Experts last week showed how to put together a wireless hacking kit for less than £1,200.
Speaking at NetEvents, Jan Guldentops, director of Better Access Labs, demonstrated how a hacker could create the kit using "any old laptop, an antenna, GPS, power unit and software. And the entire thing fits in a briefcase."
Guldentops said the advent of a wireless standard meant it was easy for external hackers to access the wireless Lan.
"I spent two weeks in Belgium just driving round looking for open wireless networks. I found 263 and was able to connect to 85 per cent of these immediately," he said.
Those with zero security included "banks, police offices, and Belgium's biggest brewery."
Caelen King, marketing manager of Baltimore, speaking on the NetEvents panel, said: "Any wireless device is an access point into your network, potentially even wireless-equipped soda machines."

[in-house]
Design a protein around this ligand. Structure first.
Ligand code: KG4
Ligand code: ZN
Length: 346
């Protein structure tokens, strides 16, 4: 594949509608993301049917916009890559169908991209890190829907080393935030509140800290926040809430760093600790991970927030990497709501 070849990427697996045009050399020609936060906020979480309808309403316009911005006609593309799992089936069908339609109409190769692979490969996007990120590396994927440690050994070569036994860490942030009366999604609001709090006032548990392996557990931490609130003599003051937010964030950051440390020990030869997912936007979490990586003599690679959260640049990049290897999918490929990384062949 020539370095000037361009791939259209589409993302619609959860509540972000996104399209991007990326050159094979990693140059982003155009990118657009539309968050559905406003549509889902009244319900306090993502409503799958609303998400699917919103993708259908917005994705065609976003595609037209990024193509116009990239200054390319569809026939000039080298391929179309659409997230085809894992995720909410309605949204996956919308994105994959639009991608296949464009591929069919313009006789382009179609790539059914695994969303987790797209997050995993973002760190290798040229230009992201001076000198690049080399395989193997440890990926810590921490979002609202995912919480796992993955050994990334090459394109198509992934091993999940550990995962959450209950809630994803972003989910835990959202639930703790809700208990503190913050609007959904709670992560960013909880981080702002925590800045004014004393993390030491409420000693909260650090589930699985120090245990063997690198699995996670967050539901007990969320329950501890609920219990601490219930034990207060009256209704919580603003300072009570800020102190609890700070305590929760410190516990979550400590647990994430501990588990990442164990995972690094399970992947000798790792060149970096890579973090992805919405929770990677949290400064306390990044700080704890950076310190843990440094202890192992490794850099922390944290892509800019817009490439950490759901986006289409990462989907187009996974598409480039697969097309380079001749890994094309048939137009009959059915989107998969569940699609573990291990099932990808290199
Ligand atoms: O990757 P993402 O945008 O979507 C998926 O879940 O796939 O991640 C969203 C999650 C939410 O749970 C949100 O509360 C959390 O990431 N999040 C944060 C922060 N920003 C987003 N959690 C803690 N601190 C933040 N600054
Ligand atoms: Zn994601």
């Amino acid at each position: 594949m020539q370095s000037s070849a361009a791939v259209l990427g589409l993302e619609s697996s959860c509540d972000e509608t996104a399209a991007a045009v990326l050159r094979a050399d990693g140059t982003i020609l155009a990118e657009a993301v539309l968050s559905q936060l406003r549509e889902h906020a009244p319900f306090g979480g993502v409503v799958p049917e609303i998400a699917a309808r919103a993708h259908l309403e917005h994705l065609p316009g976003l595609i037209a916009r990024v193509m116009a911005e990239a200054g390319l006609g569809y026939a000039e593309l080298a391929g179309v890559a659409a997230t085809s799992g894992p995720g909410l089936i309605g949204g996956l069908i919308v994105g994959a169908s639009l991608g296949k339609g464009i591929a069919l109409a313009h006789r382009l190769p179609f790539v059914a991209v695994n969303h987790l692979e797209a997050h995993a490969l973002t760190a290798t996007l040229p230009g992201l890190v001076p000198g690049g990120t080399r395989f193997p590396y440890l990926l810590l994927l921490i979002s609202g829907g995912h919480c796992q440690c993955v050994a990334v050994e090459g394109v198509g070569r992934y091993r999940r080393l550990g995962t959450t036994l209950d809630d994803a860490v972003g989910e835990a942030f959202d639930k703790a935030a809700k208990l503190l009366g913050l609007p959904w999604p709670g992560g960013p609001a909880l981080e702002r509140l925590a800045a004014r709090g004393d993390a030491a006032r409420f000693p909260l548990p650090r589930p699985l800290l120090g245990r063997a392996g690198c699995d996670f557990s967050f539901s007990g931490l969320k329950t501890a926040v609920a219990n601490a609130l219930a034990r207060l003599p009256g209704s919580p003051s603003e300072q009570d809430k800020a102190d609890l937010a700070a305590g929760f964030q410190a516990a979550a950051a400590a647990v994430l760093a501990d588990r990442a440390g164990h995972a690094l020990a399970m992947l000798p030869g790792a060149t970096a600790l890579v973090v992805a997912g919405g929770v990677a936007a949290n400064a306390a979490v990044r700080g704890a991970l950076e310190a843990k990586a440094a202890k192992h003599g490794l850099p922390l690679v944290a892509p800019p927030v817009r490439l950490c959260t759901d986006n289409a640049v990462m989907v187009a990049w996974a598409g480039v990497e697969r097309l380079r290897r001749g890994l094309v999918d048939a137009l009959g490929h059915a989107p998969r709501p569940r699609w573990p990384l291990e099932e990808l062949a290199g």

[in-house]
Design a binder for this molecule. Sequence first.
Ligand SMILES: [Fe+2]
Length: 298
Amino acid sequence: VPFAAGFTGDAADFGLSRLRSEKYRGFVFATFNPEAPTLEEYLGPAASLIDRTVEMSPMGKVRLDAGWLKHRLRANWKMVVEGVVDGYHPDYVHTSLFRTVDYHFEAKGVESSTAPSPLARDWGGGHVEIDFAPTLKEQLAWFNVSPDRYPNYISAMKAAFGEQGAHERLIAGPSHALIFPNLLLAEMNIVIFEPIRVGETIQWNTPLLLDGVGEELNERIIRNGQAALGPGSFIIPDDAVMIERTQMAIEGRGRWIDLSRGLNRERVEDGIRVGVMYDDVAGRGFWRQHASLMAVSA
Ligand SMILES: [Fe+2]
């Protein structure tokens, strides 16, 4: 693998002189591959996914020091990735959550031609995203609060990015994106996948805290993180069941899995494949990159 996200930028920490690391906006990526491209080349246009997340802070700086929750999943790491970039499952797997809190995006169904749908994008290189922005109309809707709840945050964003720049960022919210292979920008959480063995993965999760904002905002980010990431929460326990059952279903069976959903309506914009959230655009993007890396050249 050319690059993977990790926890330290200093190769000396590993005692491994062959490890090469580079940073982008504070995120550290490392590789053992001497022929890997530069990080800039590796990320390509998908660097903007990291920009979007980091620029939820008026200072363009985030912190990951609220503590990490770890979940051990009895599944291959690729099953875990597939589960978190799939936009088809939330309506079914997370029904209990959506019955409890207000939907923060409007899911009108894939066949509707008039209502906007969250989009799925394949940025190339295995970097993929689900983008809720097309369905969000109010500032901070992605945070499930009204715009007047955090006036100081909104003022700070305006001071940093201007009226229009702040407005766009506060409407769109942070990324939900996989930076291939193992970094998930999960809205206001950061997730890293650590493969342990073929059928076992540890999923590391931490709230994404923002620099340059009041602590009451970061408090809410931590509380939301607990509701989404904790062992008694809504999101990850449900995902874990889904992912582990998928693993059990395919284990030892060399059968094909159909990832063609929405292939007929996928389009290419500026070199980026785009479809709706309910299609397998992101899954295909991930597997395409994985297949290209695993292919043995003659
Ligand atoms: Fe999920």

Guldentops said that companies need to learn how to secure an inherently insecure environment. He said it is relatively easy to make wireless access points more secure, either by using Wired Equivalent Privacy encryption protocol, or configuring it to drop unencrypted packets, effectively making it invisible.
"Some of these companies are just using antennas that are too powerful," he said. "Some are almost big enough to be radio stations."
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